Thank you for taking the time to review and hopefully endorsing this letter to protect the human rights of people with disabilities in this province who may fall ill due to COVID 19.
This pertains to measures which may occur in our province if a disabled person were to require medical intervention due to Covid-19, referred to as COVID Triage Protocol. They will not be triaged according to their medical needs, instead by their disability.
Ontario’s government is engaging in a month-long series of public consultations on how children and youth with autism, including those with complex needs, can be better supported.
You can participate in the consultations during the month of May by participating in an online survey and/or through participating in telephone town hall sessions.
Visit the website to learn more about these opportunities.
This website is a comprehensive, online hub where you’ll find up-to-date and accurate information on Fetal Alcohol Spectrum Disorder as well as access to valuable resources and services in your area and across the province. You will find:
Please see the message below from Pooran Law Professional Corporation regarding the Ontario budget, Protecting What Matters Most.
"On April 11, 2019, the government of Ontario presented its first budget, Protecting What Matters Most. In its plan, the government laid out its top four priorities for the province: balancing the budget, health care and education, affordability and convenience for Ontarians and lowering the costs of business. The budget includes aspects that are of particular interest to the disability community, namely changes to the social services sector, mental health programming, accessibility, housing programs, estate planning and education.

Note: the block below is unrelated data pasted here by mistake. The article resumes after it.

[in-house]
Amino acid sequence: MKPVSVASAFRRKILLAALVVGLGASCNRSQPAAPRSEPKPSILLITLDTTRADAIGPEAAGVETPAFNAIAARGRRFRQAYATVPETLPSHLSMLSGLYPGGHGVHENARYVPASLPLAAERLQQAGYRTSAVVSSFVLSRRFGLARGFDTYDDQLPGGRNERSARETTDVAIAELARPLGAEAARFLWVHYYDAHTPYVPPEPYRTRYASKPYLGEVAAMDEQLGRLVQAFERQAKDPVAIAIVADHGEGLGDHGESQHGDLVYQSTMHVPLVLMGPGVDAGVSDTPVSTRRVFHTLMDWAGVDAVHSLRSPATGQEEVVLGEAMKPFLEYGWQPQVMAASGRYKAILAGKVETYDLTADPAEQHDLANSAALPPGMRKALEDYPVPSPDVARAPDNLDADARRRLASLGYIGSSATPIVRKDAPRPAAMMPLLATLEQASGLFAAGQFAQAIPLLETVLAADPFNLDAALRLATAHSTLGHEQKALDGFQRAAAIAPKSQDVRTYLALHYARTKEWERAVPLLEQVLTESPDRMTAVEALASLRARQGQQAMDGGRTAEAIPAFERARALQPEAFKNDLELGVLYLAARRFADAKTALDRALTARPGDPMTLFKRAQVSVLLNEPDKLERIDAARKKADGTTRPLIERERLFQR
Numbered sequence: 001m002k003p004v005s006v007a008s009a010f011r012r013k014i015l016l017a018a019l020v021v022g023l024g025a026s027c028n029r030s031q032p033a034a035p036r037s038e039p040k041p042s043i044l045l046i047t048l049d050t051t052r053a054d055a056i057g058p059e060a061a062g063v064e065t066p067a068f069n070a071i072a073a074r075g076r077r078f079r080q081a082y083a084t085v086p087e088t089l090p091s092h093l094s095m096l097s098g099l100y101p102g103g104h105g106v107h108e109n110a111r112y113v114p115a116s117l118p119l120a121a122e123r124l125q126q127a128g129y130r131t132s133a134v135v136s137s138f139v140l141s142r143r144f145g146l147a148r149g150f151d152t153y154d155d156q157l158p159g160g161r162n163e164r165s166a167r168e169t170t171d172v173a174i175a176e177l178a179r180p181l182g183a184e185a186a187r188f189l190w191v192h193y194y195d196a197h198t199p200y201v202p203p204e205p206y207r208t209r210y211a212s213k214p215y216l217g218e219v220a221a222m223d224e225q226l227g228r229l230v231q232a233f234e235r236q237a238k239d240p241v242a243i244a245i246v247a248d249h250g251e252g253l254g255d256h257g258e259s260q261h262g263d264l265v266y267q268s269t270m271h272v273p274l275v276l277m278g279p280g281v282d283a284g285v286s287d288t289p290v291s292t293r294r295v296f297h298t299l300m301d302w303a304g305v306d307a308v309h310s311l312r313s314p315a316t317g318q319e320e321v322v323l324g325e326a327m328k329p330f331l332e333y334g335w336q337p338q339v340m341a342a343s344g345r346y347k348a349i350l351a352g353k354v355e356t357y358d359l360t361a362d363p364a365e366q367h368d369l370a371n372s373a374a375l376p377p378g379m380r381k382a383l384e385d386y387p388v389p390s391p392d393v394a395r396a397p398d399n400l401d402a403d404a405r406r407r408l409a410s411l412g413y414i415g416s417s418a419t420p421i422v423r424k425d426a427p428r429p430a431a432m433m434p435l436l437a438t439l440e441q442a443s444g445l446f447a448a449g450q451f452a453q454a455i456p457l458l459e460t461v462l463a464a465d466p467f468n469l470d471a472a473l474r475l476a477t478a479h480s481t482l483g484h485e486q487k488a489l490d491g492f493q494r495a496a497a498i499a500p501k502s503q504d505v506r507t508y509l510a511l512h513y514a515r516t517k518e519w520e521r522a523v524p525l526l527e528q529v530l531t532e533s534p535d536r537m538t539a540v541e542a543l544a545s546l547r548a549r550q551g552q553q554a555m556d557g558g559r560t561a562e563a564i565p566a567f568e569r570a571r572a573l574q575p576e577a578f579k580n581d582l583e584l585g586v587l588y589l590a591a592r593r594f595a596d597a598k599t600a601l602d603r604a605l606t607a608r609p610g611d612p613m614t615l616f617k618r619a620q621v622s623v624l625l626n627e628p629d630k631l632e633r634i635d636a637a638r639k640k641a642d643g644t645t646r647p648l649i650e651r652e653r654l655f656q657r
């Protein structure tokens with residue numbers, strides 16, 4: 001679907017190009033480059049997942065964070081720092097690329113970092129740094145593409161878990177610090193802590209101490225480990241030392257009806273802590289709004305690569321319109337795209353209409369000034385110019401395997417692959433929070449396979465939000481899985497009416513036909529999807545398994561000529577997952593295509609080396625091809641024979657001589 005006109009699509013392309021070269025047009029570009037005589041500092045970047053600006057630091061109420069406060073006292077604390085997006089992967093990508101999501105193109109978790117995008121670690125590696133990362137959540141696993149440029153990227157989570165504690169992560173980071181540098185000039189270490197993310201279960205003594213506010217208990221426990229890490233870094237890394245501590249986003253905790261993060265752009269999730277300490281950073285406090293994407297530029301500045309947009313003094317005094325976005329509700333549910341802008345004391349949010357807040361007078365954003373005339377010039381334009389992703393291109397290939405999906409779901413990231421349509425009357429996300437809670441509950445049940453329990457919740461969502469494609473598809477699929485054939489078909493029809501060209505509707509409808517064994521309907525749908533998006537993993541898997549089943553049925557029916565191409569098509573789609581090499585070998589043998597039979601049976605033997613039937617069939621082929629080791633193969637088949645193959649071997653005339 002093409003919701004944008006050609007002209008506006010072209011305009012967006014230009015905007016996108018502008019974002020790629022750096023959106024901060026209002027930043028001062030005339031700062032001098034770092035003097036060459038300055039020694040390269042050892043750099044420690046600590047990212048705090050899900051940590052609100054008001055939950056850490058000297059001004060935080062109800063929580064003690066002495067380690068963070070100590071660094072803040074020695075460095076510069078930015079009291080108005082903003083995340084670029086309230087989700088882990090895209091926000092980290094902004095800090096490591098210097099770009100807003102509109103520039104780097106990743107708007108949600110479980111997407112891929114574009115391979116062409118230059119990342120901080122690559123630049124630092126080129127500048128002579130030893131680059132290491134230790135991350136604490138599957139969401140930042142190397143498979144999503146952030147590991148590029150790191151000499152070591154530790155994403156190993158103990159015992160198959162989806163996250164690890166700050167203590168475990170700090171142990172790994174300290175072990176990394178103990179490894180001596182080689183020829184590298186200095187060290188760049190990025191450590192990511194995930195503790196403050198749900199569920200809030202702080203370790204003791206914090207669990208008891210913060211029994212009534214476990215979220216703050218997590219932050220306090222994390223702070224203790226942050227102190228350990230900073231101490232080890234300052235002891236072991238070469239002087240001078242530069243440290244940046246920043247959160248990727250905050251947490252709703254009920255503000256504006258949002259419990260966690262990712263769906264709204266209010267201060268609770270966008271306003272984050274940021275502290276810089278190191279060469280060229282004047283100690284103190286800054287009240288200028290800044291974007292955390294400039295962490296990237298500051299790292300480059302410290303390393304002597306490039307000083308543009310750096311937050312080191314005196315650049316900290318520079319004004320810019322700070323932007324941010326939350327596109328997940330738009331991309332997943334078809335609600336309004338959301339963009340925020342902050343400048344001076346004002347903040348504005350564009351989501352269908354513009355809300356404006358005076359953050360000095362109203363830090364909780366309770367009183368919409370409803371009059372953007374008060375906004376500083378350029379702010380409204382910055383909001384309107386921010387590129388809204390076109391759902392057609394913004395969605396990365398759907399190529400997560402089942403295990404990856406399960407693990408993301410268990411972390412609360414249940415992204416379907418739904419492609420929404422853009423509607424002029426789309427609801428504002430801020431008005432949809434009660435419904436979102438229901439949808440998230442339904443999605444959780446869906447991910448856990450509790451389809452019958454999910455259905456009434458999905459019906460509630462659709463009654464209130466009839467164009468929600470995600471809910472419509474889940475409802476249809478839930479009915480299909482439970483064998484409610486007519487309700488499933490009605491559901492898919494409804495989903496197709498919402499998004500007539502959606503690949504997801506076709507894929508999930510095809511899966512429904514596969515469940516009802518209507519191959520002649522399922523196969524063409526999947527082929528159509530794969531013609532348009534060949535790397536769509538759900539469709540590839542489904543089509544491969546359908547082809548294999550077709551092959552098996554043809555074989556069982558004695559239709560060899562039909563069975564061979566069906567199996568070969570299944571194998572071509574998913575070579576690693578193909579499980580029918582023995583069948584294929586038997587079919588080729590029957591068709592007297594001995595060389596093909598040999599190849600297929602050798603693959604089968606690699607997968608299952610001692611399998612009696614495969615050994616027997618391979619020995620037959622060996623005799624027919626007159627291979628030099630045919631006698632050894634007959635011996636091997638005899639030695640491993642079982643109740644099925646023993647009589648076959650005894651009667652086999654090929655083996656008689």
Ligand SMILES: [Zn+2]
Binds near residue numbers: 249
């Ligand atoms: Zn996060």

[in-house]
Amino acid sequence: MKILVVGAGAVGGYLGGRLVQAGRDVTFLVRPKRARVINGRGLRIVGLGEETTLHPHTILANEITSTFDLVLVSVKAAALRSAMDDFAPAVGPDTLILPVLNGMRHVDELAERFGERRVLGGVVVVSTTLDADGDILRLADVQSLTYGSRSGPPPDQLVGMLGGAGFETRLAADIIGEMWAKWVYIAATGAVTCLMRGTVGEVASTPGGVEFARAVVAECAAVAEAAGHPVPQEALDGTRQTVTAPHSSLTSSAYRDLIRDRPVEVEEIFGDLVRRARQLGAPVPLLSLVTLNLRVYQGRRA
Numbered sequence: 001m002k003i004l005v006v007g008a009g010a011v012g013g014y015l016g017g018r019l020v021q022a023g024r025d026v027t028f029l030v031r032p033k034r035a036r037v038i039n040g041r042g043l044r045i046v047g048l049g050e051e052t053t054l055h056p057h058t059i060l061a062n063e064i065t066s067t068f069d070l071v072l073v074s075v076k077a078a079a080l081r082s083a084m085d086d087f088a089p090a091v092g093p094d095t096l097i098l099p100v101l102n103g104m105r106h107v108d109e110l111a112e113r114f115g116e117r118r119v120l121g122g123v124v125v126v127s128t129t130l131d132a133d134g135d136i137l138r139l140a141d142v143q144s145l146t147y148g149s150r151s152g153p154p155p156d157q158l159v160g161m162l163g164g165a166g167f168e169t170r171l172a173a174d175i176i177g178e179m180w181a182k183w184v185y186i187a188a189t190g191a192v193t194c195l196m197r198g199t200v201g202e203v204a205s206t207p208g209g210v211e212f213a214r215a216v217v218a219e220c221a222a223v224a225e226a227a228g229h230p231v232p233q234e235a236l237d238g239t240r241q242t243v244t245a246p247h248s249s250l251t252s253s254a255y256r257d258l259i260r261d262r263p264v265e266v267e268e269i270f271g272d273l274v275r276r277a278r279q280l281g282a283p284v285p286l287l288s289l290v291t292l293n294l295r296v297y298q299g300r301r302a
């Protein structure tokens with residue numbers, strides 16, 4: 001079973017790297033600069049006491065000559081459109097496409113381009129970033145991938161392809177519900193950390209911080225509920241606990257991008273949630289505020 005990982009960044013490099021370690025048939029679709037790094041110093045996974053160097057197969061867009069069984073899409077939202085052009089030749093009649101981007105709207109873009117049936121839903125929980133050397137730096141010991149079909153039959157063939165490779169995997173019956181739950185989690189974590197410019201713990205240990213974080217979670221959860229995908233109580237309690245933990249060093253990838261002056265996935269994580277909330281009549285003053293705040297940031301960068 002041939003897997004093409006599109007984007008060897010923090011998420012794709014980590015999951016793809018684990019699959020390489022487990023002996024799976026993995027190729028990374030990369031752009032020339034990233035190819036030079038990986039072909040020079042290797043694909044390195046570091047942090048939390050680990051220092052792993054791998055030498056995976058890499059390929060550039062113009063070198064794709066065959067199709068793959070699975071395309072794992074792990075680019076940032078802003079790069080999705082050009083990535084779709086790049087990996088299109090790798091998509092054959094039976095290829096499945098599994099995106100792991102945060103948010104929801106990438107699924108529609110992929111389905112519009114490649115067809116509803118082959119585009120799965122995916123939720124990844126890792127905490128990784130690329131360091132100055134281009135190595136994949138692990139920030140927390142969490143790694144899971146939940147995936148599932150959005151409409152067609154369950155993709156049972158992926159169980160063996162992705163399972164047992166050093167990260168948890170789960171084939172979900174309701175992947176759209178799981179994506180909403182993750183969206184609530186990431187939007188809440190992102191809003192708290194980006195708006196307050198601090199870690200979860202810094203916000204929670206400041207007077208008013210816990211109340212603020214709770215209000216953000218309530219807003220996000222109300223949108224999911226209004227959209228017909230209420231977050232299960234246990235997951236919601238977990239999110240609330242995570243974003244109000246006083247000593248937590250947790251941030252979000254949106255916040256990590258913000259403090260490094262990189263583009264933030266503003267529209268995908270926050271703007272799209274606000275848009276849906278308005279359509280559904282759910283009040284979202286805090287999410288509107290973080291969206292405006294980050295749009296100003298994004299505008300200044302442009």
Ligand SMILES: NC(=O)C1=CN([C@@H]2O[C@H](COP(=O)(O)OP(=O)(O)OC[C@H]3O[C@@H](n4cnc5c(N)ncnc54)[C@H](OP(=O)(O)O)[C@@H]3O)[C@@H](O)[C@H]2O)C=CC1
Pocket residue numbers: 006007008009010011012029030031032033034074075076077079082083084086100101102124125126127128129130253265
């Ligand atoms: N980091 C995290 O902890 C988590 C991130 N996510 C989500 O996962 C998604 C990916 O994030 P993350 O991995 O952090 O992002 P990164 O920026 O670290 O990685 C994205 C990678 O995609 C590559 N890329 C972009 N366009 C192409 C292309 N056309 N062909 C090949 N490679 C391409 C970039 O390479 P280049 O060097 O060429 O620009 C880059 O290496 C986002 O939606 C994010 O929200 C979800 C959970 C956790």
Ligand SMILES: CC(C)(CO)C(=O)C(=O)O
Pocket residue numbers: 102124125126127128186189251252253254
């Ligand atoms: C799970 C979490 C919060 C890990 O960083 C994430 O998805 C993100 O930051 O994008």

To learn more about the implications for people with disabilities and their families click here.
To learn more about the implications for not-for-profit employers and agencies supporting people with disabilities click here.
On March 19, 2019, Finance Minister Bill Morneau tabled his fourth federal budget (the “Budget”), ahead of the next election in October. The Budget, entitled Investing in the Middle Class, claims to provide over $2 billion in funding over six years to remove barriers experienced by people with disabilities and improve the lives of Canadians with chronic health issues. Of particular interest to the disability community include:
Changes to the Registered Disability Savings Plan (RDSP) and the Disability Tax Credit (DTC),
New and renewed support for inclusive employment opportunities for people with disabilities, ASD and visual impairments, and
Enhanced federal supports for students with disabilities.
The Down Syndrome Association of Simcoe County in partnership with Down Syndrome Association of Ontario have been building support for legislation to ensure that medical professionals are sharing non-biased information with expecting parents, in person and allowing them time to process the diagnosis.